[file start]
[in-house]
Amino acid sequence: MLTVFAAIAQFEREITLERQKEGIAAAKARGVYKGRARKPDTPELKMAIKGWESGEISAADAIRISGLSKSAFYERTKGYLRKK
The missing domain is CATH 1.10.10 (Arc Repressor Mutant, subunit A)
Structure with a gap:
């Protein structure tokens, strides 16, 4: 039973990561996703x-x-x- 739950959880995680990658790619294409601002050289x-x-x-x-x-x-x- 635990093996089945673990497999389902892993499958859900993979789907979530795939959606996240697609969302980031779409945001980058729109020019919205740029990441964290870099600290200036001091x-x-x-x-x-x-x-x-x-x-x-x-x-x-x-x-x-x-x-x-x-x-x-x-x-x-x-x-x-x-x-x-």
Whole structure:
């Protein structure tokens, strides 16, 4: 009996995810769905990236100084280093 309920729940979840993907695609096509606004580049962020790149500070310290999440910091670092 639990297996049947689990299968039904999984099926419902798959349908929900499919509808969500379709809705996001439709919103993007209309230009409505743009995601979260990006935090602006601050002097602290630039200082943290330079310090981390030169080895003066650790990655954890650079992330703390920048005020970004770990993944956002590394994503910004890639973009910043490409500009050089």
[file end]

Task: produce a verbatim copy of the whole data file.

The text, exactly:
[in-house]
Amino acid sequence: MLTVFAAIAQFEREITLERQKEGIAAAKARGVYKGRARKPDTPELKMAIKGWESGEISAADAIRISGLSKSAFYERTKGYLRKK
The missing domain is CATH 1.10.10 (Arc Repressor Mutant, subunit A)
Structure with a gap:
């Protein structure tokens, strides 16, 4: 039973990561996703x-x-x- 739950959880995680990658790619294409601002050289x-x-x-x-x-x-x- 635990093996089945673990497999389902892993499958859900993979789907979530795939959606996240697609969302980031779409945001980058729109020019919205740029990441964290870099600290200036001091x-x-x-x-x-x-x-x-x-x-x-x-x-x-x-x-x-x-x-x-x-x-x-x-x-x-x-x-x-x-x-x-």
Whole structure:
């Protein structure tokens, strides 16, 4: 009996995810769905990236100084280093 309920729940979840993907695609096509606004580049962020790149500070310290999440910091670092 639990297996049947689990299968039904999984099926419902798959349908929900499919509808969500379709809705996001439709919103993007209309230009409505743009995601979260990006935090602006601050002097602290630039200082943290330079310090981390030169080895003066650790990655954890650079992330703390920048005020970004770990993944956002590394994503910004890639973009910043490409500009050089």